Student Hospitalist Scholars: The importance of communication

Recognizing that patients often suffer due to breakdowns in communication


Editor’s Note: The Society of Hospital Medicine’s (SHM’s) Physician in Training Committee launched a scholarship program in 2015 for medical students to help transform healthcare and revolutionize patient care. The program has been expanded for the 2017-18 year, offering two options for students to receive funding and engage in scholarly work during their 1st, 2nd, and 3rd years of medical school. As a part of the program, recipients are required to write about their experience on a biweekly basis.

Quality improvement in clinical practice has recently become very important to me. What use is clinical knowledge if it cannot be appropriately used to benefit patients in a clinical setting?

Anton Garazha is a medical student at Chicago Medical School at Rosalind Franklin University in North Chicago, Ill.

Anton Garazha

Having volunteered at various hospitals since middle school, I became profoundly aware from a young age of the level of clinical knowledge that physicians must possess in order to safely treat their patients. When taking English and psychology classes in college, I became fascinated with the process of communication and common misunderstandings that take place due to different frames of mind.

Throughout my 1st year at medical school, my interest in communication continued to grow. In one of my classes, Essentials of Clinical Reasoning, we were taught to continually consider how to effectively translate our thought processes and potential diagnoses to our patients. To begin crafting effective HPIs, we created complete, whole histories from visit to visit.

At this time, I discovered the subfield of research concerning strategies surrounding handoffs as transition of care changes, with patients often suffering due to breakdowns in communication.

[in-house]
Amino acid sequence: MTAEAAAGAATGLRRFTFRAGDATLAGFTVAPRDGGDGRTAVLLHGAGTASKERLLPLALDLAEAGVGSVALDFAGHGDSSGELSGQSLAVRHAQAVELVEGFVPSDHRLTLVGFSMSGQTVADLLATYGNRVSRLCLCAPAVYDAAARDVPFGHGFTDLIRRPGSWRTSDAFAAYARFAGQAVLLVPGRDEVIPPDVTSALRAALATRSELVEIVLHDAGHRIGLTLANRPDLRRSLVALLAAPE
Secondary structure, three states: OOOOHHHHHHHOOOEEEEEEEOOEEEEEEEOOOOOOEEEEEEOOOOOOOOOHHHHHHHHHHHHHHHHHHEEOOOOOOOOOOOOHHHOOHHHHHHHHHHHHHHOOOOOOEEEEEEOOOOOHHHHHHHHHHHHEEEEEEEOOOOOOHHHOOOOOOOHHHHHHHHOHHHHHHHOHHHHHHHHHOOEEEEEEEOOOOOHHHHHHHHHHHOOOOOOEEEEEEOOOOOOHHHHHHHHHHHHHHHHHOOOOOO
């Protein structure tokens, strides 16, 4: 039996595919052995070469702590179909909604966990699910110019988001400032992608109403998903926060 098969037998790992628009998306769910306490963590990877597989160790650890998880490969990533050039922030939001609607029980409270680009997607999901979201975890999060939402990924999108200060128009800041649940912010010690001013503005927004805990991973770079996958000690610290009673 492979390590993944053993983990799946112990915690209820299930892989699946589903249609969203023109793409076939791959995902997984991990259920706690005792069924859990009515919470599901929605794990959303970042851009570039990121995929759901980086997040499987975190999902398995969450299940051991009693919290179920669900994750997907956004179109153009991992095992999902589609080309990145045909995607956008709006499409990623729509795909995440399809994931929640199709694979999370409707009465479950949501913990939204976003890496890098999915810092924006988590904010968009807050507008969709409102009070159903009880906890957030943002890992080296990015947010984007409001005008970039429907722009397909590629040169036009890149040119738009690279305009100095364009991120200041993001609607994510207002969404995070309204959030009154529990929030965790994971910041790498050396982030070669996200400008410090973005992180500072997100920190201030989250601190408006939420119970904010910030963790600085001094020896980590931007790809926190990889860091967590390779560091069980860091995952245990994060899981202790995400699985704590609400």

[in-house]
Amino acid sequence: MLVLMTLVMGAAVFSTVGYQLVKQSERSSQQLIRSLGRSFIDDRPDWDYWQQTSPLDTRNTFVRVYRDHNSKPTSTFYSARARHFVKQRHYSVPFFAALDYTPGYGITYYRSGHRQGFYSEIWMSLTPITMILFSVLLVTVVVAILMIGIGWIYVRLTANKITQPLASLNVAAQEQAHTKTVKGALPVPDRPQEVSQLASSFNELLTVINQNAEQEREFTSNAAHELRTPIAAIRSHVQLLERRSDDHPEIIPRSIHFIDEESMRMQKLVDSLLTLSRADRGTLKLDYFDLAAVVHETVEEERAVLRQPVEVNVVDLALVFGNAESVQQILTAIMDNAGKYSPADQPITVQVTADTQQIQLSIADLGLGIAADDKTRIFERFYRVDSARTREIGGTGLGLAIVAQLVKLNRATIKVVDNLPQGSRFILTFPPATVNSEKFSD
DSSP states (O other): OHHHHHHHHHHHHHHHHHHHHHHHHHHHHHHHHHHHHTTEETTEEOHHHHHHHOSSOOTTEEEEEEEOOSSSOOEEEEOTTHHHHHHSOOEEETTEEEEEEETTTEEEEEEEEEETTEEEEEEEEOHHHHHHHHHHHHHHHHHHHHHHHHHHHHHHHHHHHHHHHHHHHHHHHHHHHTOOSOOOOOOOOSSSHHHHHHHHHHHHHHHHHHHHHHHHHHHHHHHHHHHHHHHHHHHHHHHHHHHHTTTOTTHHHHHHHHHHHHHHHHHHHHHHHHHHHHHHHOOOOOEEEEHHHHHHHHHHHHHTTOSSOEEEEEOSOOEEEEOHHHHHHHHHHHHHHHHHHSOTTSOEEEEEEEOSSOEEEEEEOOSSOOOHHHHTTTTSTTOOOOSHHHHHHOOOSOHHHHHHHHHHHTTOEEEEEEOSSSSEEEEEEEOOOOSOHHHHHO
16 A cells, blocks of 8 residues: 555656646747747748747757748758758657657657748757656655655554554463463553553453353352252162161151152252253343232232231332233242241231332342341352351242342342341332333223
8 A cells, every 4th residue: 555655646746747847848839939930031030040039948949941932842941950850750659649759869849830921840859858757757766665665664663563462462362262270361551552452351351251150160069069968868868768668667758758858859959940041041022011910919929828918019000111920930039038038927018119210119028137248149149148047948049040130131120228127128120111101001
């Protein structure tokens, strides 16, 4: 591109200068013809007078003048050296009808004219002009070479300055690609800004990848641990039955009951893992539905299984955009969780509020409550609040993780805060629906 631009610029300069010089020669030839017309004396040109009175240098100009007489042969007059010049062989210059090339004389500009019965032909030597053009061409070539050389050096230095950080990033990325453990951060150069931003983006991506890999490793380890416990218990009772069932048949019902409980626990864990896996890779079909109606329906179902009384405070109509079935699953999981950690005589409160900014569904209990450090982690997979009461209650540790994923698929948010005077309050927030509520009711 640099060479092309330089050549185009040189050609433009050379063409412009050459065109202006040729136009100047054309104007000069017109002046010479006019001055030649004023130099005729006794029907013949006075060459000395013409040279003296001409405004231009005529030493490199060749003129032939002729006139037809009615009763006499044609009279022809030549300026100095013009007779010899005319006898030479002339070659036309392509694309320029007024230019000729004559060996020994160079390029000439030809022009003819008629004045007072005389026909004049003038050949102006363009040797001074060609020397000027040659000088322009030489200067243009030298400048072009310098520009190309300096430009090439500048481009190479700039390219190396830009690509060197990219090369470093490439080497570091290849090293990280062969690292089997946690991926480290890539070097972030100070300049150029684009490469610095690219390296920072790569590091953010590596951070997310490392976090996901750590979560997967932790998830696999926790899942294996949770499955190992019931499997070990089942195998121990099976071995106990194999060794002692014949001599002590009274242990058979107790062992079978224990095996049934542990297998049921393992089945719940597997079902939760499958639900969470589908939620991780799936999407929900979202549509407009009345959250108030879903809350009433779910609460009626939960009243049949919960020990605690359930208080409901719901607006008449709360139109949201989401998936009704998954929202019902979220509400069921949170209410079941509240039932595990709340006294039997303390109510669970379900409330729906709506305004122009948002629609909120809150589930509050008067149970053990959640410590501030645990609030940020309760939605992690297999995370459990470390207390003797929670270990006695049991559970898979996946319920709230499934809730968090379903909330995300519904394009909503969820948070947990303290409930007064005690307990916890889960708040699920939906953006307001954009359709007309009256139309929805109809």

With my interest in handoffs, and with direction from the Society of Hospital Medicine, I reached out to Dr. Vineet Arora, a leading academic hospitalist at the University of Chicago with a highly impressive history of research concerning quality of care toward hospitalized adults. Under the supervision of Dr. Arora and Dr. Juan Rojas, a pulmonary critical care fellow, I will help investigate whether receiving floor physicians and intensive care unit physicians possess similar shared mental models in regards to the most pertinent point of care – when patients are transferred out of the ICU.

We seek to identify if there are any associations present between readmission from the general floor, the providers’ rated likelihood of the patient returning to the ICU, and whether floor and ICU physicians are on the same page concerning condition management while on the floor.

I believe the experience I gain at the University of Chicago Medical Center will be invaluable to my future as a physician. I am very excited to get to know the various clinicians at UChicago, to gain clinical experience by observing the management of the general ward, and to identify how effective physicians communicate.

Above all, I hope to use any knowledge I gain this summer to become an efficient, knowledgeable, and compassionate physician capable of providing the highest quality of care to my future patients.

Anton Garazha is a medical student at Chicago Medical School at Rosalind Franklin University in North Chicago, Ill. He received his B.S. in Biology from Loyola University in Chicago in 2015 and his Master of Biomedical Science from Rosalind Franklin University in 2016. Anton is very interested in community outreach and quality improvement, and in his spare time tutors students in science-based subjects.

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